• EDITORIAL

    Mother Nature hits hard where it hurts most

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    WHEN Mother Nature speaks, it reminds us that we humans are mere mortals, quite vulnerable and at the mercy of her whims manifested in various forms: quakes and cyclones, avalanches and tsunamis, droughts and floods, to name a few that in their extreme manifestations impact with devastating resonance on lives and property.

    Friday night’s magnitude 6.7 quake is but one such example of what happens when Mother Nature moves, not as premeditated violence against people but simply the cause and effect of her design. It is interesting to note the Oxford Dictionary of the English Language defines Mother Nature as “nature personified as a creative and controlling force affecting the world and humans.”

    Unlike weather forecasting that gives us more or less reliable estimates, days ahead, when a typhoon would hit which place, including wind speeds and amount of precipitation—thus giving people enough time to prepare and government agencies to activate disaster response measures, technology has not yet reached that state or level of refinement sensitive enough to predict with pinpoint accuracy the time and place an earthquake would happen.

    Data from the US Geological Survey noted the earthquake struck Surigao at a depth of 10 kilometers just after 10 p.m. Philippine Standard Time. The epicenter was about 13 kilometers east of Surigao City.

    On the same day, February 10, Science Daily published a report by the Helmholtz Centre for Ocean Research Kiel, or GEOMAR, titled, “Cold plates and hot melts: New history on Pacific Ring of Fire.” The article explains why, among other things, the Philippines and other countries along the ring are vulnerable to earthquakes.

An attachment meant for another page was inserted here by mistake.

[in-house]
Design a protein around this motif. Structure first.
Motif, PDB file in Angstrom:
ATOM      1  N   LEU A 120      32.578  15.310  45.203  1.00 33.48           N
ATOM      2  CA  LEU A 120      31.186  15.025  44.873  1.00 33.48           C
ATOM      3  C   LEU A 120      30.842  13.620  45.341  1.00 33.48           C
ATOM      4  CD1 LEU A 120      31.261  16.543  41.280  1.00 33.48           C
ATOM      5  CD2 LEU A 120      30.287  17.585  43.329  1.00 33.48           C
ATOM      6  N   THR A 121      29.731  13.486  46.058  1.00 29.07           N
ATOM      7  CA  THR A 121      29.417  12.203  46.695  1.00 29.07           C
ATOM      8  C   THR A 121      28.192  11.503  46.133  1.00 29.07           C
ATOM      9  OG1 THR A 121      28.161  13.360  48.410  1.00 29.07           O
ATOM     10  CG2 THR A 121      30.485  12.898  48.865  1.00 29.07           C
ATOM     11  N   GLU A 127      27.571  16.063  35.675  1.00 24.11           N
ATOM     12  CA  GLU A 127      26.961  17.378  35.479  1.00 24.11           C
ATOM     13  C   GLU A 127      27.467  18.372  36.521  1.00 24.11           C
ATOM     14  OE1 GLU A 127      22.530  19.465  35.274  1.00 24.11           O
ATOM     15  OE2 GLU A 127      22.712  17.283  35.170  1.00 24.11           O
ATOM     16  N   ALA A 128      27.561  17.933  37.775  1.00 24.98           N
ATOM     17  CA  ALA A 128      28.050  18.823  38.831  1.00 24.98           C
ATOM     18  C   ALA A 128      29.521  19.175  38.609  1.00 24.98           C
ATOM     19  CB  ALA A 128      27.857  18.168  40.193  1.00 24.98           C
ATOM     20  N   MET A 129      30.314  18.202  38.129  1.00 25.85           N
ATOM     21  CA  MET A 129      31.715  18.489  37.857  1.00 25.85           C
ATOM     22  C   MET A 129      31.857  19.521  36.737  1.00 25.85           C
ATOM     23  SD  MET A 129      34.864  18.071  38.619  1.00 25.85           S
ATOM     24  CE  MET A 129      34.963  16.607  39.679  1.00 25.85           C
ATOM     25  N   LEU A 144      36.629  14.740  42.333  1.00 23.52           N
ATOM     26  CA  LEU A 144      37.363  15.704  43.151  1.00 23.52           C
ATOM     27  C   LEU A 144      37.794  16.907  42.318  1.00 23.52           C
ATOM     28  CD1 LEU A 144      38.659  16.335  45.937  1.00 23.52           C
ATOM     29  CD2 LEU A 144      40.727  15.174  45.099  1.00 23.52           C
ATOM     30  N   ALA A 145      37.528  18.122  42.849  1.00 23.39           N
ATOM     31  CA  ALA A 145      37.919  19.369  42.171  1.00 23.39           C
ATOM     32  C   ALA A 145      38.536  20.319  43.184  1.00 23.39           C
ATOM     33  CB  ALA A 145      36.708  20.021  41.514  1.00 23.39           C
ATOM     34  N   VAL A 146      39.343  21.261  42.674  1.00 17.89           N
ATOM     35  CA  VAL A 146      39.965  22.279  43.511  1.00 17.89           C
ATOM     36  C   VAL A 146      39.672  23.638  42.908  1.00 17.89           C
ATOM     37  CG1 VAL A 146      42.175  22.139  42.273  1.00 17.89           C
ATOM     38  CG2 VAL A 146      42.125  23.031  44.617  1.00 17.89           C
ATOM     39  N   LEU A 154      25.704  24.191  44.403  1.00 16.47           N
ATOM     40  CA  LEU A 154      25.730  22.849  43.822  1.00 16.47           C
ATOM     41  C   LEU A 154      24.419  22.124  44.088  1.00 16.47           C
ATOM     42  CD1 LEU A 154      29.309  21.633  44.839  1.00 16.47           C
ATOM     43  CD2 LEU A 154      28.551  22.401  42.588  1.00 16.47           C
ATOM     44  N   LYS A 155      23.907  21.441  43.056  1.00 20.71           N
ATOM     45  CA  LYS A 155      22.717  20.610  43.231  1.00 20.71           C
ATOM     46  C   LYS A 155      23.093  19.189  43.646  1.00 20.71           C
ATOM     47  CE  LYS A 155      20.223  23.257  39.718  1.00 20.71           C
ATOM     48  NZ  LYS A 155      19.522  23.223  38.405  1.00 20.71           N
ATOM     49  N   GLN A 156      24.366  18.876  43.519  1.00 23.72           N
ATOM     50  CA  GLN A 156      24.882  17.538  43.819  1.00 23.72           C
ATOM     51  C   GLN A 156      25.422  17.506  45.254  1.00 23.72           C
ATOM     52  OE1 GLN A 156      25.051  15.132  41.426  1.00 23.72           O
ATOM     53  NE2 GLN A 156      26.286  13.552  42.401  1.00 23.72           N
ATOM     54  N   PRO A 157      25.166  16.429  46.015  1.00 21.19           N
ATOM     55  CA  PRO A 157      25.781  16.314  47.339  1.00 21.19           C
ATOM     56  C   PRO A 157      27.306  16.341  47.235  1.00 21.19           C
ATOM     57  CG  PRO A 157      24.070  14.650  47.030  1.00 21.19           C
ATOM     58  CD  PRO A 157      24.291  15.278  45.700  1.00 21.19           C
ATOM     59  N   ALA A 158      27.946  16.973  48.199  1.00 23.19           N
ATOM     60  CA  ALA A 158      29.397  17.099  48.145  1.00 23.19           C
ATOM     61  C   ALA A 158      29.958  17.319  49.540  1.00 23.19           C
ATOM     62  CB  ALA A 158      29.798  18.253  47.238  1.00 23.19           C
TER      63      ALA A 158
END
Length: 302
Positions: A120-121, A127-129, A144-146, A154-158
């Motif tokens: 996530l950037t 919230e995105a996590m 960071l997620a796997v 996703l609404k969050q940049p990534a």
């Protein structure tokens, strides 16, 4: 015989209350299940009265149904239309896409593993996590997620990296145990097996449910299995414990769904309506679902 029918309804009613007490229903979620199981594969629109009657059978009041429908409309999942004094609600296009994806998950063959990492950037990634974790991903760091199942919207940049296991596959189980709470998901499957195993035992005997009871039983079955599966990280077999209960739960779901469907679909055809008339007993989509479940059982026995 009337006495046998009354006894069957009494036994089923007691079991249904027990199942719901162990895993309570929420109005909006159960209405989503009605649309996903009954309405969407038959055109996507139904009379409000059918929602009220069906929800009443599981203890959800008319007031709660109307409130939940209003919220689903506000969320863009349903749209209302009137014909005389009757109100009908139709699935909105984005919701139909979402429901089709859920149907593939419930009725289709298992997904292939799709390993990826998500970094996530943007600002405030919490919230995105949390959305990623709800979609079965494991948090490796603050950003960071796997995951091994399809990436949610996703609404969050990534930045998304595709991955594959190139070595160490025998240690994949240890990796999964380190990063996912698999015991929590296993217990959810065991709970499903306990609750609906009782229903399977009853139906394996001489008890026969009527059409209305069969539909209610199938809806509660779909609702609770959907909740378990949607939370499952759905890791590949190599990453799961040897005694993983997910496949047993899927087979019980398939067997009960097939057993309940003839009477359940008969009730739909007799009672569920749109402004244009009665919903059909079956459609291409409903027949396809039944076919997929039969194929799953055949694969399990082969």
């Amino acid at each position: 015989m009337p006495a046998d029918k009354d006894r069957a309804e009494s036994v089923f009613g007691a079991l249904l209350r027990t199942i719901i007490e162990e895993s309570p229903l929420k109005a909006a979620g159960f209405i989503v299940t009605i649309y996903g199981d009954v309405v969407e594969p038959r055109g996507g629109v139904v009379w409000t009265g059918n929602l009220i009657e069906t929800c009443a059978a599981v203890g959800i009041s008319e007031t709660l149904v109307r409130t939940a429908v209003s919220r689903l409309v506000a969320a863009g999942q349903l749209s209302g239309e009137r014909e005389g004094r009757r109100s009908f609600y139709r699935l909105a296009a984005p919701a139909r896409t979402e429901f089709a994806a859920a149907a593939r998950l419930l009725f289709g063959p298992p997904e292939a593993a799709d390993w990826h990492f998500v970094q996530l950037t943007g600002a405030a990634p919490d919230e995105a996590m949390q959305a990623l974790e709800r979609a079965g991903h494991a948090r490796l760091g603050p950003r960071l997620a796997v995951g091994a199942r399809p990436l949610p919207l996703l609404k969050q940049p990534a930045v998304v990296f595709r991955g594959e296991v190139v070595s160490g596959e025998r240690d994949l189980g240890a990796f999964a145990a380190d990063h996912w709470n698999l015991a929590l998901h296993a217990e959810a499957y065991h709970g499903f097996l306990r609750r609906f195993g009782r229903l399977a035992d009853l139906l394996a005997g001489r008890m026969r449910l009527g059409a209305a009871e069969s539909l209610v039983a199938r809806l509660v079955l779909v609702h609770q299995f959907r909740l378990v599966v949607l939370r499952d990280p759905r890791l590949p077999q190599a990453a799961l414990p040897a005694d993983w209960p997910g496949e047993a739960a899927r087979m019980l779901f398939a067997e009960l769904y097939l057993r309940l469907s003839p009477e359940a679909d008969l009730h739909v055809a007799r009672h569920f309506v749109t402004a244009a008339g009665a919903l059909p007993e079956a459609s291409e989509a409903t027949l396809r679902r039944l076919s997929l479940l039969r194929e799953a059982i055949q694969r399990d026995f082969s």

To summarize, the research report notes that the movement of tectonic plates—which causes earthquakes—shape the face of the earth: “The sinking of one plate beneath another causes volcanism and earthquakes.” Scientists were able to drill and investigate the origin of a subduction zone—a region in the earth’s crust marking this movement or collision of tectonic plates—for the first time in 2014. Subduction zones are what drive the chemical reaction between the interior and the surface of the earth.

    “About 2,000 kilometers east of the Philippine Islands lies one of the most famous topographical peculiarities of the oceans: the Marianas Trench. Reaching depths of up to 11,000 meters below sea level, it holds the record as the deepest point of the world’s ocean,” according to the report by Philipp Brandl of GEOMAR, the main author of the study.

    “This 4,000-kilometer-long trench extends from the Marianas Islands in the south through the Izu-Bonin Islands to Japan in the north. Here the Pacific Plate is subducted beneath the Philippine Sea Plate, resulting in intense volcanic activity and a high number of earthquakes.”

    While the study notes that samples from beneath the surface of the earth gave scientists insights into the volcanic activity at the Pacific Ring of Fire 30 to 40 million years ago, volcanic activity intensified with the rollback of the subduction zone eastward.

    For all intents and purposes, this could simply mean more earthquakes in the Philippines in the years to come.

    On the part of government, in the absence of a fully developed earthquake forecasting technology, boosting disaster preparedness measures is the low-hanging fruit it can further tweak to a level that is undoubtedly effective and efficient to meet the needs of people in affected areas. On the regulation side, property development should be regulated at the national and local government levels to keep profit-driven developers from building shopping malls and doing residential developments near fault lines that have been identified.

    Because when Mother Nature speaks there is no telling whether her message brings catastrophe until it’s too late, nothing beats the ability of the state and its agencies to have the right resources—be it human, financial, or commodity—in place and ready for mobilization when natural disaster strikes.

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